British composer Bernard Rands taught at Harvard for many years and is better known in the U.S. than in Britain. He started with a musical language close to serialism but broadened it later in his career, a bit like Penderecki. The result in Rands' case fit the aims of U.S. orchestras well. He wrote tonally complex works that were nevertheless clear and easily graspable in their structure. The Concerto for Piano and Orchestra, written for the Boston Symphony Orchestra on the occasion of the composer's 80th birthday, is a good example. The original pianist, Jonathan Biss, reprises his role here and understands the work, which is intentionally not called a "Piano Concerto," as the composer wishes to express the balance between the piano and the orchestra. That's the main organizing principle: the balance grows more intricate over the course of the first movement but is not disrupted. The central movement is an especially effective nocturne (sample this), and the finale is an attractive virtuoso piece. The earlier Canti del Sole is a set of orchestral songs to poems about the sun; it's an earlier work, but clearly the product of the same composer. The most recent work is Music for Shoko: Aubade (2018), which is an arrangement of Rands' Concerto for English horn and orchestra of three years earlier. It adds up to work by a composer who is experiencing a remarkable run of late-life creativity, and one whom British audiences may well be delighted to rediscover.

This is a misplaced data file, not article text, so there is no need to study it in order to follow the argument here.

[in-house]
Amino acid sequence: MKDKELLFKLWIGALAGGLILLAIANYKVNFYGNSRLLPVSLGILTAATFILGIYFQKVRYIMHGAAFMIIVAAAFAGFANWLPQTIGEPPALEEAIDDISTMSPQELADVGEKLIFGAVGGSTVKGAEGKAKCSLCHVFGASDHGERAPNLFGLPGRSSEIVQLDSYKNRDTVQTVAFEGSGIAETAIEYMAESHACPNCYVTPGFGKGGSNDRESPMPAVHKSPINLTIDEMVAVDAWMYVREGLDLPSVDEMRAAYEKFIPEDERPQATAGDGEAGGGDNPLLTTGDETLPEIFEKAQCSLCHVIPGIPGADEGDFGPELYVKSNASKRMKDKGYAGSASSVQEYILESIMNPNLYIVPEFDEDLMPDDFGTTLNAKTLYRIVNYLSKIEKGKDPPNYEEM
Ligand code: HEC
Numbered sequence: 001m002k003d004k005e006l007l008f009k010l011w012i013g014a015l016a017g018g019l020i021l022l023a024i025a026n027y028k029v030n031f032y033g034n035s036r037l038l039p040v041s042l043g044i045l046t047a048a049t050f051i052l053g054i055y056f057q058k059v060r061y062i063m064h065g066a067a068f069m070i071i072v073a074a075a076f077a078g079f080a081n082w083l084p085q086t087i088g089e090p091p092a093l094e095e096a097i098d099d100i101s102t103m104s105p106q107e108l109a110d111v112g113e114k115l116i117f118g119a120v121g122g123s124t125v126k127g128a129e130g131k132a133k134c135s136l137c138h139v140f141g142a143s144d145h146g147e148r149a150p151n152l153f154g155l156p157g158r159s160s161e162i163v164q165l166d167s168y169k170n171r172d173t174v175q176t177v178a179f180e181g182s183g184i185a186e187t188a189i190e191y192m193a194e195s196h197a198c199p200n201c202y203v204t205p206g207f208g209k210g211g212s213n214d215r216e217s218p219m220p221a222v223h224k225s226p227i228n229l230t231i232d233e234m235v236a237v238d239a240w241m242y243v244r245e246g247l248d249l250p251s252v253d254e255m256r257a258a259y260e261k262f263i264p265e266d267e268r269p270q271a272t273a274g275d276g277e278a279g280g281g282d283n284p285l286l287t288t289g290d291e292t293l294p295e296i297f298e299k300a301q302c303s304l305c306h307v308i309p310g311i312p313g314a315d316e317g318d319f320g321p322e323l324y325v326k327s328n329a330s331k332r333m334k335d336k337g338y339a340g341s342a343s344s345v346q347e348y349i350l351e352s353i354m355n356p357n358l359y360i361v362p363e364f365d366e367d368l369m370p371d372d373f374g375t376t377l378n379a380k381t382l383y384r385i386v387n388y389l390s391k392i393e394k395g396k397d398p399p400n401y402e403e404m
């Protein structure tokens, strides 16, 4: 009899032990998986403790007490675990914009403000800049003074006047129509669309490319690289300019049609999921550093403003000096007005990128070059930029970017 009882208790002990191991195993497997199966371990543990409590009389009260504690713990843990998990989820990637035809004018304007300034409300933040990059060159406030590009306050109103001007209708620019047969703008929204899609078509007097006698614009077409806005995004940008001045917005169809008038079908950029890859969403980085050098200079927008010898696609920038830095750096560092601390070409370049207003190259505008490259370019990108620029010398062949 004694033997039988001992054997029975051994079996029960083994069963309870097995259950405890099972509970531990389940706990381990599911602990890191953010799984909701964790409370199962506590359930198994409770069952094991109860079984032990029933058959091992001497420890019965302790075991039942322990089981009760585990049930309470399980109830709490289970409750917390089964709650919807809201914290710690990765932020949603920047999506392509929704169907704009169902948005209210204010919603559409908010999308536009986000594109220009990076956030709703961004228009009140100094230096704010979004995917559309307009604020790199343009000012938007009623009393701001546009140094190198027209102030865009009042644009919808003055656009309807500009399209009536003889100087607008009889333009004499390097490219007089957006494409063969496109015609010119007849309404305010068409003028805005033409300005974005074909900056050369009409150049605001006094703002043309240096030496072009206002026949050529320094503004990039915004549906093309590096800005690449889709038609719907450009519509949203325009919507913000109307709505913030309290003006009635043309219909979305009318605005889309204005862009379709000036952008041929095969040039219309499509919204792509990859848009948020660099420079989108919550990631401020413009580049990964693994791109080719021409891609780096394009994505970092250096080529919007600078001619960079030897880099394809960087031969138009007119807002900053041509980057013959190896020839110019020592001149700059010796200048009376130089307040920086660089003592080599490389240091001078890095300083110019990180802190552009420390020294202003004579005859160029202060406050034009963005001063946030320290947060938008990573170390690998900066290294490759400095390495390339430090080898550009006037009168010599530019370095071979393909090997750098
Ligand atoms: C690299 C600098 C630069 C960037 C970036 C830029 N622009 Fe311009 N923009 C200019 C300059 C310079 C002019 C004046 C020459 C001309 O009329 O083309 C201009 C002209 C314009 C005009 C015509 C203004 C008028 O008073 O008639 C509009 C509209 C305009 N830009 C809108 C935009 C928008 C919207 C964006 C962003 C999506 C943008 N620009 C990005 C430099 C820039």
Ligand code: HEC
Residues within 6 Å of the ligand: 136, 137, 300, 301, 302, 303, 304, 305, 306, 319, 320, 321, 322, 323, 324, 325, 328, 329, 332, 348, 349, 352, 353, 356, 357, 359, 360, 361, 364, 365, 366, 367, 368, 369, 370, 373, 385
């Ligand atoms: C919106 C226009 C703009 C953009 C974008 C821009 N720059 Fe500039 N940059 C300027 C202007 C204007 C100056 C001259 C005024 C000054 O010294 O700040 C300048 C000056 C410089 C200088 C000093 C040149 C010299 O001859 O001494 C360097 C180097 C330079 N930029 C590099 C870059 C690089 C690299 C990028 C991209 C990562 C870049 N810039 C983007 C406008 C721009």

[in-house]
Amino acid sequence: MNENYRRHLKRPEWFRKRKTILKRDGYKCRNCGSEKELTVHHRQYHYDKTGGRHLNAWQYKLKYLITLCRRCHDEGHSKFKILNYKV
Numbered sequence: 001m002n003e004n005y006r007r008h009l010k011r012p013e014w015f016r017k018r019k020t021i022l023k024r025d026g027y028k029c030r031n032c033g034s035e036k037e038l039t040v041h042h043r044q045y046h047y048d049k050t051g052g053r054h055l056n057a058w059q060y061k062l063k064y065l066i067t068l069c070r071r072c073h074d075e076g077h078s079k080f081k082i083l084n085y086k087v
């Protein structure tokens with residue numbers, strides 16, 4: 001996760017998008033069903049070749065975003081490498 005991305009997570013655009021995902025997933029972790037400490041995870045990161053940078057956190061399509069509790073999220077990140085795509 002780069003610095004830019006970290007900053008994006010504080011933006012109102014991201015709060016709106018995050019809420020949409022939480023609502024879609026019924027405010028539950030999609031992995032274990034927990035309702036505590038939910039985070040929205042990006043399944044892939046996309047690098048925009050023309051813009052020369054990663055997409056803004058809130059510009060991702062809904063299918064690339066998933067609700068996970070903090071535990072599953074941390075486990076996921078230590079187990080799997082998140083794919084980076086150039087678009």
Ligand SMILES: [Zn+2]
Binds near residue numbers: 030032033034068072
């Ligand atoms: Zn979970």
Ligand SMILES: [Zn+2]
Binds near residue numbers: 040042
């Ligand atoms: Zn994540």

AllMusic Review by James Manheim
|Concerto for Piano and Orchestra|
|Canti del Sole for Tenor and Orchestra|